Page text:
• You may save 4 chars if you inline s and use $_ for the second appearance (the space before is then dispensable). – Howard Oct 11 '12 at 11:22
  • @Howard: Nice catch. Thanks. I have about zero experience with Ruby. – Steven Rumbalski Oct 11 '12 at 14:03

Perl 44

$l=$_;print join"",grep{$l=~/$_.*$_/}split""


perl -lane '$l=$_;print join"",grep{$l=~/$_.*$_/}split""' <<< helloworld

K, 18

{x@&x in&~1=#:'=x}

Python 2.7 (52 51), Python 3 (52)

I didn't expect it to be so short.

2.7: a=raw_input();print filter(lambda x:a.count(x)>1,a)

3.0: a=input();print''.join(i for i in a if a.count(x)>1)

raw_input(): store input as a string (input() = eval(raw_input()))
(Python 3.0: input() has been turned into raw_input())

filter(lambda x:a.count(x)>1,a): Filter through all characters within a if they are found in a more than once (a.count(x)>1).

  • If you use python 3 instead, you can use input() rather than raw_input(). Although you have to add one character for a closing bracket, since print is a function in python 3. – Strigoides Oct 16 '12 at 2:03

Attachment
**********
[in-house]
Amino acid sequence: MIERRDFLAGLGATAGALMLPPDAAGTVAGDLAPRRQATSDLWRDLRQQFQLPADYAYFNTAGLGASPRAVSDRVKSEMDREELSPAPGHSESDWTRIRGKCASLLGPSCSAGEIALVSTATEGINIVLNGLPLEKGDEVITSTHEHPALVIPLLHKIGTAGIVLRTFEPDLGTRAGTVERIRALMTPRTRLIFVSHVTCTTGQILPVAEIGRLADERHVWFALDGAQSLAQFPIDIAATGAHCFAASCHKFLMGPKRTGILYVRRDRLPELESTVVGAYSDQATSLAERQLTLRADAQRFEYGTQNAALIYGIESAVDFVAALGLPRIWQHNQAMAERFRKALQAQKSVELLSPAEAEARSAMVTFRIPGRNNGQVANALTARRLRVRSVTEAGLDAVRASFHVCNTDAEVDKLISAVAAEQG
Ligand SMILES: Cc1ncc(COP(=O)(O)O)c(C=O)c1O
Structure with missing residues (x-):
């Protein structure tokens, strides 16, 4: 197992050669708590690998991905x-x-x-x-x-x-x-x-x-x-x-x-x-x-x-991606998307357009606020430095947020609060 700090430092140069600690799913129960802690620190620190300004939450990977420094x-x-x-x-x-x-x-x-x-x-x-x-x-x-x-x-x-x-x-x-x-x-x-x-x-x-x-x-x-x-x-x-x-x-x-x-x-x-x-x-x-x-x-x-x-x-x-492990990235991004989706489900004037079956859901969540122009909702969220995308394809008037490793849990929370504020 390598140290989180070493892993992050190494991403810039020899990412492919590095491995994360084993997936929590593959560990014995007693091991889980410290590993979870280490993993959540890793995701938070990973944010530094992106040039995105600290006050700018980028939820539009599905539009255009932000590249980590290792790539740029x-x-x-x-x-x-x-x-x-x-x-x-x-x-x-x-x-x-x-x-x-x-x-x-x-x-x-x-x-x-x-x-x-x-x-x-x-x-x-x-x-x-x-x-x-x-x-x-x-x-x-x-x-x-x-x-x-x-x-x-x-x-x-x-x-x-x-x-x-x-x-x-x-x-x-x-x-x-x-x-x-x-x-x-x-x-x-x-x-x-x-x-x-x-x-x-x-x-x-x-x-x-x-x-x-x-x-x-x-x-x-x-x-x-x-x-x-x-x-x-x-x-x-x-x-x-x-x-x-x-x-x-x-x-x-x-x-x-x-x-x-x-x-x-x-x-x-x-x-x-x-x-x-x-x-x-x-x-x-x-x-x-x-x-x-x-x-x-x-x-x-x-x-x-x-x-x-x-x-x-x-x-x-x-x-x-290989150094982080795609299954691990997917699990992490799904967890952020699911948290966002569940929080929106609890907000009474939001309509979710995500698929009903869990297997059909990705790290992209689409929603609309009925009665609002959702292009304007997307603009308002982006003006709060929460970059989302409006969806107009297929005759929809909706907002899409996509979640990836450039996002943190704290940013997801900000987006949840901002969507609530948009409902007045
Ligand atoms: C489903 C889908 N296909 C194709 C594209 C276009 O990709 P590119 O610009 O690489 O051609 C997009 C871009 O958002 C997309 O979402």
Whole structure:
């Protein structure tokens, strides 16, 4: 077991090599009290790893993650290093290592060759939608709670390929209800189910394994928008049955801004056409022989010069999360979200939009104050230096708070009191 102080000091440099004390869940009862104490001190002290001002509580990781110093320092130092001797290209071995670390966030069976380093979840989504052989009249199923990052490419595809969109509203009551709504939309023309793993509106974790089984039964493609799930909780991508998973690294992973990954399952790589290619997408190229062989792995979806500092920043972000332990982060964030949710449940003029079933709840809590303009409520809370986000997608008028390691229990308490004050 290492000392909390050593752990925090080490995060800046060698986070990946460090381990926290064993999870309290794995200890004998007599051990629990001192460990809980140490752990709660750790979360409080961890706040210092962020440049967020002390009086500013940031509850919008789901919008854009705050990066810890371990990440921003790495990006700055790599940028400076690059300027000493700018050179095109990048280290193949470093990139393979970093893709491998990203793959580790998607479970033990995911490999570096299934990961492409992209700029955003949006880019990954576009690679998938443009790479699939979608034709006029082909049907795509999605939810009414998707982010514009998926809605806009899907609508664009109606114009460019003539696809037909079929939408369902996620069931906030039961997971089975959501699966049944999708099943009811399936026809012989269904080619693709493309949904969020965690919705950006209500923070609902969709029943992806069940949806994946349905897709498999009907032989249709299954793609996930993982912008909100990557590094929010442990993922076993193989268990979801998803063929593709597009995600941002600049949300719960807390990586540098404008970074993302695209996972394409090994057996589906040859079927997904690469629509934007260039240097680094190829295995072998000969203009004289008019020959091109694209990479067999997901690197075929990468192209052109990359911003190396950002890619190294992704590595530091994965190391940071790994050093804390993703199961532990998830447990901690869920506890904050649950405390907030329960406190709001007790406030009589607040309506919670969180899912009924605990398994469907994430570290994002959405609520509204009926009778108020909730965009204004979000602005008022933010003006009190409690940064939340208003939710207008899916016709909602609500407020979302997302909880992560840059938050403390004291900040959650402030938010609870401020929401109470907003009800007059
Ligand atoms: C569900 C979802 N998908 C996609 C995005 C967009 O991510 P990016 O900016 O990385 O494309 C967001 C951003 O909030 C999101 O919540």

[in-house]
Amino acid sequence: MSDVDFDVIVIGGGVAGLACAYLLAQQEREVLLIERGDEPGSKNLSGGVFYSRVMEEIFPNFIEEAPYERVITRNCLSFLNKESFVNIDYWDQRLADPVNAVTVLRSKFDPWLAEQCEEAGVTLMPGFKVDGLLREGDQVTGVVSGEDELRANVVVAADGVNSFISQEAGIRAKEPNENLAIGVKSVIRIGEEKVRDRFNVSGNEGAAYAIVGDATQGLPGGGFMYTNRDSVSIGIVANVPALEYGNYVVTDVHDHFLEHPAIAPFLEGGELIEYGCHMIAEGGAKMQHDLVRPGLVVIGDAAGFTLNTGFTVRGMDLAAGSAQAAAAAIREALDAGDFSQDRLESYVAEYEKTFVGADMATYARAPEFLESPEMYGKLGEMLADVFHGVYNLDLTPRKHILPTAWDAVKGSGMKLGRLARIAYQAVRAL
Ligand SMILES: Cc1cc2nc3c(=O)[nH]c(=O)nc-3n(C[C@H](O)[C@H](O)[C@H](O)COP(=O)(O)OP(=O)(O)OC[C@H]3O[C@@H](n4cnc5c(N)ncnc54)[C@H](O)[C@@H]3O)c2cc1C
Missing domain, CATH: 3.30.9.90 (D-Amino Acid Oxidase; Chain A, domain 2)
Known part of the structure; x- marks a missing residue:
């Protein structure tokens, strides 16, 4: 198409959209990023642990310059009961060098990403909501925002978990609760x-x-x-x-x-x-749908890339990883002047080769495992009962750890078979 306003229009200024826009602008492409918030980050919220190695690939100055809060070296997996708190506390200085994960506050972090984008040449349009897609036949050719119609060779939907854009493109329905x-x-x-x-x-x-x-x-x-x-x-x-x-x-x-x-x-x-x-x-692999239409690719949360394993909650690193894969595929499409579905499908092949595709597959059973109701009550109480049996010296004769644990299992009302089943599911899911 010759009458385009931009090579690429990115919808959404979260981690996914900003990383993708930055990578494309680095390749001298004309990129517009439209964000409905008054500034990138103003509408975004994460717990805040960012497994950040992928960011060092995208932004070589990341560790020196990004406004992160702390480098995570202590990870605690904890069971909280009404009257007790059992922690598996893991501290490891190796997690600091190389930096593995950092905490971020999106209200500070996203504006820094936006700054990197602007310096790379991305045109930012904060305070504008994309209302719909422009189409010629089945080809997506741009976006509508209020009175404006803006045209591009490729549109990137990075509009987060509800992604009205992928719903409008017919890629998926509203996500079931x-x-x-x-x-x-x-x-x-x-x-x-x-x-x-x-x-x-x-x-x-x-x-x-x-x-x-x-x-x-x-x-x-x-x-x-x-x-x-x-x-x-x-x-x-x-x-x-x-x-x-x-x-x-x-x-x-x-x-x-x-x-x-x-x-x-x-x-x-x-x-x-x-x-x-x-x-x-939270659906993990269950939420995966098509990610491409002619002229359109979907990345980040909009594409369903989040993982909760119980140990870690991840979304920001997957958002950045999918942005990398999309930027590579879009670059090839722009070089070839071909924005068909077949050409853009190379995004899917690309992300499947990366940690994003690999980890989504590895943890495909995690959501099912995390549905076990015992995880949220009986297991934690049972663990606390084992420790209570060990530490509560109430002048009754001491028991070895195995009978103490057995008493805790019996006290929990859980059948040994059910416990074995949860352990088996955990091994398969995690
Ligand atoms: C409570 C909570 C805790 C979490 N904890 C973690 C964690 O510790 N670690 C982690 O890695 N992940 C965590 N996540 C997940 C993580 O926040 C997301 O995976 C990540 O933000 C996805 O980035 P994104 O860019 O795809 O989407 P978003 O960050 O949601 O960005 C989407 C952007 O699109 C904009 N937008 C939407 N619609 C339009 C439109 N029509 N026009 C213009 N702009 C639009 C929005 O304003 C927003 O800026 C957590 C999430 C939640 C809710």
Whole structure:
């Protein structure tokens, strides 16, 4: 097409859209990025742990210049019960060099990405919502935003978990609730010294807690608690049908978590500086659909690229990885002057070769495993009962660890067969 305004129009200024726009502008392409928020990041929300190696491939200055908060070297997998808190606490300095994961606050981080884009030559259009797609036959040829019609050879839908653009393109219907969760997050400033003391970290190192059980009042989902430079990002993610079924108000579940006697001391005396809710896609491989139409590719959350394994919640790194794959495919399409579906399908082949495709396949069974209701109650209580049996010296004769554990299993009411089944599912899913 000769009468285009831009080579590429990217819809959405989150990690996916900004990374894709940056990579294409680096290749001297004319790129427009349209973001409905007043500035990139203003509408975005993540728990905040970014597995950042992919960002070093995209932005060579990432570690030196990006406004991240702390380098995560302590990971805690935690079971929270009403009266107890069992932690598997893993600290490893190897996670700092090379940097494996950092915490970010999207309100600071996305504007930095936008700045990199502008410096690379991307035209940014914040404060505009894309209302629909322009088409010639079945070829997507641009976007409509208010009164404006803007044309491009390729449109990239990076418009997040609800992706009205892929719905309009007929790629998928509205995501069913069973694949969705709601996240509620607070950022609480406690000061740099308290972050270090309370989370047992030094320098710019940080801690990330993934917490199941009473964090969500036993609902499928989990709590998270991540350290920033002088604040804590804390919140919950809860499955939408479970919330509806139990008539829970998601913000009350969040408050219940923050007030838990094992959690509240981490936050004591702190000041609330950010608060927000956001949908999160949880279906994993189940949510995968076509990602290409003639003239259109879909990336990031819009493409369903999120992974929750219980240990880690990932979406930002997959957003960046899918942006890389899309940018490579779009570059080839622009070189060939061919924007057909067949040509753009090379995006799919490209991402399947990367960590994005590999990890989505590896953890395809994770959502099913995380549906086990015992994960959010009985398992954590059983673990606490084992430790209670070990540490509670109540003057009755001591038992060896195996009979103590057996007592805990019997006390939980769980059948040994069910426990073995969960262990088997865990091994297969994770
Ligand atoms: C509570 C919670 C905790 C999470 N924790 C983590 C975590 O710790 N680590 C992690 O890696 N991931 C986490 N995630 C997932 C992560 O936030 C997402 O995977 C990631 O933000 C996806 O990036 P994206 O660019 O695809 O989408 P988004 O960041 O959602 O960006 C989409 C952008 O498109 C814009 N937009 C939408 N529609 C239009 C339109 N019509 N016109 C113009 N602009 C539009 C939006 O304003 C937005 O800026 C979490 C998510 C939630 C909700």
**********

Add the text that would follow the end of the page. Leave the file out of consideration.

• @Strigoides: I have added a Python 3 code snippet to my answer. – beary605 Oct 16 '12 at 2:18
  • Python 3's filter returns an iterator... You'll need to do ''.join(...) – JBernardo Oct 16 '12 at 4:23
  • @JBernardo: :( Dang. Thanks for notifying me. As you can see, I don't use 3.0. – beary605 Oct 16 '12 at 5:20

Python (56)

Here's another (few chars longer) alternative in Python:

a=raw_input();print''.join(c for c in a if a.count(c)>1)

If you accept output as a list (e.g. ['l', 'l', 'o', 'o', 'l']), then we could boil it down to 49 characters:

a=raw_input();print[c for c in a if a.count(c)>1]
  • Hey, >1 is a good idea! May I incorporate that into my solution? – beary605 Oct 11 '12 at 2:32
  • @beary605 Sure no problem at all - easy way to trim a character off :D – arshajii Oct 11 '12 at 2:43

Ocaml, 139 133

Uses ExtLib's ExtString.String

open ExtString.String
let f s=let g c=fold_left(fun a d->a+Obj.magic(d=c))0 s in replace_chars(fun c->if g c=1 then""else of_char c)s

Non-golfed version

open ExtString.String
let f s =
  let g c =
      (fun a c' -> a + Obj.magic (c' = c))
  in replace_chars
  (fun c ->
    if g c = 1
    then ""
    else of_char c)

The function g returns the number of occurences of c in the string s. The function f replaces all chars either by the empty string or the string containing the char depending on the number of occurences. Edit: I shortened the code by 6 characters by abusing the internal representation of bools :-)

Oh, and ocaml is 0 on the TIOBE index ;-)

  • f*** the TIOBE index. – ixtmixilix Oct 12 '12 at 0:04